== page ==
What’s the Problem in PBL? It Could be Your Driving Question… | Thom Markham | 4 Min Read

One of the enduring conversations PBL educators have about project-based learning is how to differentiate a project from PBL. One distinguishing marker—probably the best differentiator—is that PBL uses a Driving Question to frame the inquiry and set up an objective (or what I call a ‘true north’) for the project. Projects emphasize doing, but PBL integrates doing and knowing by posing a clear problem to be solved, supporting students as they seek solutions, and then assessing the quality of their answers. That’s the function of the Driving Question.

In my last article, I pointed to the ‘clear problem’ method as an easy self-test for PBL teachers who wonder about the quality of their Driving Question. Many people trace PBL to John Dewey and his ideas on projects, but PBL has deeper roots in problem-based learning, which originated in the 1960s. Remembering this puts a PBL teacher in the right mindset: At the heart of every PBL experience is a problem to be solved. Asking yourself ‘What is the problem?’ before project launch is a simple reminder but often forgotten in our desire to explore big ideas and themes in PBL. 

So, why do we see so many projects with a weak Driving Question? For the most part, I think it’s because, other than the self-test and a formulaic recommendation, How do we, as a ______, create a __________, for _____________?, no clear, well-articulated guidelines exist for crafting a Driving Question. It’s an organic process embedded in the unique nature of each project, so this is not an easy gap in PBL best practices to fill. But I’ve found a few tips that can help you shape your question to fit the exact needs of your project design and intent.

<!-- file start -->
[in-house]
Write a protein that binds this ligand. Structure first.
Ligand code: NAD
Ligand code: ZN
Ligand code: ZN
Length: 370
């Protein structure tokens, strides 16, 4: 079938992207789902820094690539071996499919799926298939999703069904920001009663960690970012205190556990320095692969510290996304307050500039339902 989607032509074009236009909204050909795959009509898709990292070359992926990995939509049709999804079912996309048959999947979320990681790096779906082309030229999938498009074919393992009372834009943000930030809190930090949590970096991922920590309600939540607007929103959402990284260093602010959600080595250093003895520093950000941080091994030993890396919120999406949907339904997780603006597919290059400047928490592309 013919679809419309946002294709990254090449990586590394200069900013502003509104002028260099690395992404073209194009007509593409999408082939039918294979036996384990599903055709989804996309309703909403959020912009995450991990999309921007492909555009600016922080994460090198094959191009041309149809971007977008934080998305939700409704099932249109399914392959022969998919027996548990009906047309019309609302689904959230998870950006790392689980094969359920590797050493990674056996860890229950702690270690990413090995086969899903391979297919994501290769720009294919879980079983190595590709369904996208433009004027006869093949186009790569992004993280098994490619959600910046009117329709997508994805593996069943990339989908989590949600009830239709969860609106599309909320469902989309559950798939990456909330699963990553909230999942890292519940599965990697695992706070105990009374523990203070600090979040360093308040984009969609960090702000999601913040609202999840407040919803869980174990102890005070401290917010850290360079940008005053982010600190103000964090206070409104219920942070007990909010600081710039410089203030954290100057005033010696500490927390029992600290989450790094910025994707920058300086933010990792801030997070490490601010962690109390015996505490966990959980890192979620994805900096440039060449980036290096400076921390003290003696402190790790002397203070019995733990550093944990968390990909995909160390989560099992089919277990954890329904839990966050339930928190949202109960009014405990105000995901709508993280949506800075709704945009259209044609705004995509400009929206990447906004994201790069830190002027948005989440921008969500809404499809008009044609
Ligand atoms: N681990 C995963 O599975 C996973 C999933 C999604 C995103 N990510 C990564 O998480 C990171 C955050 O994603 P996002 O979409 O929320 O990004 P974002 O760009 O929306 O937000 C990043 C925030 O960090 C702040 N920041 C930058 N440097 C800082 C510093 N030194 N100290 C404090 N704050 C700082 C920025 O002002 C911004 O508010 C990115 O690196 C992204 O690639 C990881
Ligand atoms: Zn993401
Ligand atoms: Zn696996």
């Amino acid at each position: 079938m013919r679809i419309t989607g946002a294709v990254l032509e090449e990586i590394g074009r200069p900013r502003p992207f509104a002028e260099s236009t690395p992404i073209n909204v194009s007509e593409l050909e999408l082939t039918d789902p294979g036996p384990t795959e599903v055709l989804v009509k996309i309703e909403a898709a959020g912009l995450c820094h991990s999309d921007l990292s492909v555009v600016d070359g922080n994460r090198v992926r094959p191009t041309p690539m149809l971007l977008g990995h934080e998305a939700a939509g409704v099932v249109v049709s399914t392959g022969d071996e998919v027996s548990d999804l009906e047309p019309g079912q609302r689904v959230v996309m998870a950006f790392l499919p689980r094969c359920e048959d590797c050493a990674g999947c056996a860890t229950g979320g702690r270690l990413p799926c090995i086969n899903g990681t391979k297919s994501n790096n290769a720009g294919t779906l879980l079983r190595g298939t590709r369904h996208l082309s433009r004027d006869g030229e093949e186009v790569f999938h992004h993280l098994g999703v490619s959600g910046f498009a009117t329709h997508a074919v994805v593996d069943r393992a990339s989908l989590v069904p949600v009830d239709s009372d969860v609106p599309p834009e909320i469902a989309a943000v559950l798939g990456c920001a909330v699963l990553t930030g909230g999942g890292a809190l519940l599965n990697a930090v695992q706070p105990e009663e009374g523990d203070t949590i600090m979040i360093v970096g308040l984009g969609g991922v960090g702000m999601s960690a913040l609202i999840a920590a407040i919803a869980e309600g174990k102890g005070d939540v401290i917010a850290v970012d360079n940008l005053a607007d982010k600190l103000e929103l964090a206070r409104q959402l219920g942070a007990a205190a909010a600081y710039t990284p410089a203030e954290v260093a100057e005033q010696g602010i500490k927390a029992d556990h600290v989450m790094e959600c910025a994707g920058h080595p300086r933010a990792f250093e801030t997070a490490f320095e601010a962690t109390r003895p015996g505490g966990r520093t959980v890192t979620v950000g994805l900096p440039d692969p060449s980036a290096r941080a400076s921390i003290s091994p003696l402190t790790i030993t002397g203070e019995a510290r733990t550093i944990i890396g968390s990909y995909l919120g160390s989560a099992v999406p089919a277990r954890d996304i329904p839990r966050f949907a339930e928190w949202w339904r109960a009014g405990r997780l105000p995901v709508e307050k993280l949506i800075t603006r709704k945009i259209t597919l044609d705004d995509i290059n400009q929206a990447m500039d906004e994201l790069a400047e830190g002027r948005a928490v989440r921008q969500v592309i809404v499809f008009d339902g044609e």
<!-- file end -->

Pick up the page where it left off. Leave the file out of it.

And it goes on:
Avoid thematic questions. It’s important to avoid settling for thematic questions, such as ‘How does art change a community?’ or ‘How can we live a healthy lifestyle?’ or ‘How can we solve the problem of climate change?’  Sure, these are problems, but they’re so global that they invite coverage and broad research rather than testing critical thinking and problem-solving skills. Keep in mind another function of the Driving Question: To drive deeper learning.

Think ‘wicked problems.’ A solid problem always has constraints. This is the essence of a ‘wicked problem’, which means it is complex and not easy to solve. One way to get to the ‘wickedness’ is to think in terms of the authentic challenge posed in a real-world setting — and then analyze the real problem to be solved. For example, this question looks good at first glance: ‘How can we as epidemiologists design an infographic that promotes the risk factors for disease and targets for preventive healthcare in the Australian community?’  But the true test, if you are an Australian epidemiological team, is whether anyone will pay attention to the infographic. A quick fix?  ‘How can we as epidemiologists design an infographic that successfully promotes the risk factors for disease and targets for preventive healthcare in the Australian community?’